Mysterious missing children in China

Mysterious missing children in China 0

China predicts that in 2017-2020 the country will welcome three million newborns each year.

One November day 12 years ago, after school, 5-year-old Cheng Ying stood at the school gate waiting for her mother to pick her up.

However, when she had just left the school about 90 meters, she was caught by a stranger and taken into a taxi.

Ying is one of hundreds of thousands of children missing in China over the past 40 years.

There are no exact statistics on the number of children who go missing in China each year, but some studies estimate the number ranges from 20,000 to 200,000.

The root of the situation of missing children in China is because families, especially in rural areas, like to have many children, especially boys.

A newborn baby boy can be sold hand-to-hand for $18,000 in well-off eastern provinces, according to expert Anqi Shen who works at Britain’s Teesside University.

The journey to find my child is arduous

Mysterious missing children in China

Chinese police freed 92 children from kidnappers in September 2013.

After being thrown into a taxi, baby Ying fell into the hands of a woman who specializes in kidnapping and trafficking children.

`They beat me and almost starved me,` Ying said, recalling that she was locked in a house with about six other children.

At the age of 7, Ying successfully escaped once.

In the end, the girl was sold to a beekeeping couple, unable to bear children.

`I don’t feel any connection or attachment to them. I always want to leave,` Ying said.

During the 10 years Ying was missing, her parents seemed to live in a nightmare.

At about 2:00 p.m., feeling like she was on fire, she called her husband.

When disaster struck, Zhu’s entire family was preparing to celebrate their second daughter’s 100th birthday.

`Life was very good at that time. Everything was fine. But then my eldest daughter went missing. There are no words to describe that feeling,` Mr. Zhu recalled.

Desperate, he went to the police to report the incident.

The father, in panic and fear, rushed to knock on every door, searched every bus stop and mobilized up to 70 relatives and friends to help.

For the next 10 years, Mr. Zhu quit his job, wandered around the country, posting pictures of his daughter everywhere, asking people to help him share information and taking advantage of social networking sites to spread his family’s story.

On the journey to find his child, he experienced many bitter things, was arrested by the police, chased away by local people, and was cheated by thieves who took advantage of the situation.

According to China’s Ministry of Public Security, scholars have exaggerated the severity of the problem.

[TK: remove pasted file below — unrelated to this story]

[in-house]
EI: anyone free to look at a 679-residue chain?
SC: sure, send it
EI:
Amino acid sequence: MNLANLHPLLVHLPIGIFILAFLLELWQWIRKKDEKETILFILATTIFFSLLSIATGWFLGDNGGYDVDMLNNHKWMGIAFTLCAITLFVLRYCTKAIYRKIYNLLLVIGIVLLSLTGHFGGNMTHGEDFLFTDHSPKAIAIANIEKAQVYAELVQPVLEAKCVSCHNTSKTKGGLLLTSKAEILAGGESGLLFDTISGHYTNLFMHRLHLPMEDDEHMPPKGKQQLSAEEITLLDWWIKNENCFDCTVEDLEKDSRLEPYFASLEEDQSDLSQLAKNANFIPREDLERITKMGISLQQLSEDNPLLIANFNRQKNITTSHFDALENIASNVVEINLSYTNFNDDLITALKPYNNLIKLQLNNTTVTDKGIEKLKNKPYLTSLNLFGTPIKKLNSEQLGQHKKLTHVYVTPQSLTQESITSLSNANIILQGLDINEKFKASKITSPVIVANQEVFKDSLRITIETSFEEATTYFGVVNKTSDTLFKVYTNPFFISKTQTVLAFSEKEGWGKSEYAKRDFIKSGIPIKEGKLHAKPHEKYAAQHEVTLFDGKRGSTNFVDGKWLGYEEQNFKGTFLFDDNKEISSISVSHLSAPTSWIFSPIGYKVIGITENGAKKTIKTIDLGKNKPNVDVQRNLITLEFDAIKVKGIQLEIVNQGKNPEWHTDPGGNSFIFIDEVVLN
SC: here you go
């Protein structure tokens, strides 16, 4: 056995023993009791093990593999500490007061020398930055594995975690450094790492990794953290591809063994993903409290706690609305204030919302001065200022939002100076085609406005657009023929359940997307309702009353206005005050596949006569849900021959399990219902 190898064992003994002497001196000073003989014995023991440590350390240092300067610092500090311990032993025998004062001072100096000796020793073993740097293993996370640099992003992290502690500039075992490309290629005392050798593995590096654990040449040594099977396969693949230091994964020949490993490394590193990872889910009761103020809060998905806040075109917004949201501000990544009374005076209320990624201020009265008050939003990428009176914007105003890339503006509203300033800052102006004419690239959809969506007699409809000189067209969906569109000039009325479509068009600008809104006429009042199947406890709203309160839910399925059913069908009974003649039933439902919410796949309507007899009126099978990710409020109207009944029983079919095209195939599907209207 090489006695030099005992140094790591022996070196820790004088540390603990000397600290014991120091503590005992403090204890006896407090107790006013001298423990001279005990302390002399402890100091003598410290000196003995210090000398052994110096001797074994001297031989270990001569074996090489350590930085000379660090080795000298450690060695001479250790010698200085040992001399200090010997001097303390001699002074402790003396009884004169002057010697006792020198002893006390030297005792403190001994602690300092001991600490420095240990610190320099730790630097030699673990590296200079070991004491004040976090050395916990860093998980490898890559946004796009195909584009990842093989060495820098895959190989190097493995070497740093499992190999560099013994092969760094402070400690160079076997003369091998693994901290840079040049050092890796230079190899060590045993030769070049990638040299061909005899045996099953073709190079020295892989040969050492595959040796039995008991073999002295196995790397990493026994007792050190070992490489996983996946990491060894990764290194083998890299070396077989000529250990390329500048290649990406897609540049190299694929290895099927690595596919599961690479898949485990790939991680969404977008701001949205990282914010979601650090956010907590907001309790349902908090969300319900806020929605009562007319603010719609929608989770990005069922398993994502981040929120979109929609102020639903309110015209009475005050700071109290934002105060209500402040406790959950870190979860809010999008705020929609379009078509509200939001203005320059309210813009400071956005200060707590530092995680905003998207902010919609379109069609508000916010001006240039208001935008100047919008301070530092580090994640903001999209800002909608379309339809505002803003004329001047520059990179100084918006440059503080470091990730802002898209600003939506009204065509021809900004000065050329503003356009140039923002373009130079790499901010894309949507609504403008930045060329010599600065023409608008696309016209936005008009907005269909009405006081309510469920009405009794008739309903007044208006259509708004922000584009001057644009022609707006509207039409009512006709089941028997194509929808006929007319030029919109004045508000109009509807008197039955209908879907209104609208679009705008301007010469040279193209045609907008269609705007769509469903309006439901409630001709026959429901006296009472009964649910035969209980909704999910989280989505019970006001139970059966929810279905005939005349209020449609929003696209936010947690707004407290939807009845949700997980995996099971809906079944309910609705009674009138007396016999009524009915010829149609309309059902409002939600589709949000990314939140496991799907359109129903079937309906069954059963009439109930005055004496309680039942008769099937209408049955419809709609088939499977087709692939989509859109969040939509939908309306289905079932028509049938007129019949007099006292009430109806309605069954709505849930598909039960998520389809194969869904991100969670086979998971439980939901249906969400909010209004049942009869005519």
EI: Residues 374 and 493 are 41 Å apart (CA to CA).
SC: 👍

On the journey to find his daughter, Mr. Zhu met Wu Xinghu, a father whose one-year-old son was kidnapped one night in December 2008.

`That day was like any other day,` Mr. Wu confided, `I came home after work, and the boy raised his arms. He wanted to hug me. He was so young, he couldn’t speak yet.`

Just a few hours later, his son was kidnapped from his home.

Just like Mr. Zhu, in the process of searching for his child, Mr. Wu encountered many difficulties and obstacles.

`Until the case is resolved, the local police will not accept the case (file),` Mr. Wu said, saying that the police want to cover up missing children cases to protect their achievements in solving crimes.

Mr. Wu said his son is now 9 years old and he cannot know that he was kidnapped.

Chinese people’s perception is gradually changing.

The story has a happy ending

Mysterious missing children in China

Mr. Cheng Zhu, 43 years old, stood and talked with his daughter Cheng Ying.

Baby Ying, Mr. Zhu’s daughter, is one of the rare victims of child kidnapping and trafficking who returned to her family.

Baby Ying always keeps the image of her parents and family in her mind.

The only thing Ying remembers clearly is `Dabaiyang`.

While sharing her story, Ying happened to talk to a woman who knew the girl’s case very well and moreover helped her track down her father’s contact address.

Just a few hours later, father and son talked to each other.

`Dad?`, the girl asked on the third day after father and daughter contacted each other, `Do you remember the scar on my wrist?`

And it was at that moment that Mr. Zhu knew that he had found his daughter who had been missing for 10 years.

10 days later, Ying returned to her parents’ arms.

`I want to study at a university close to home. I don’t want to be away from my family any longer,` Ying confided.

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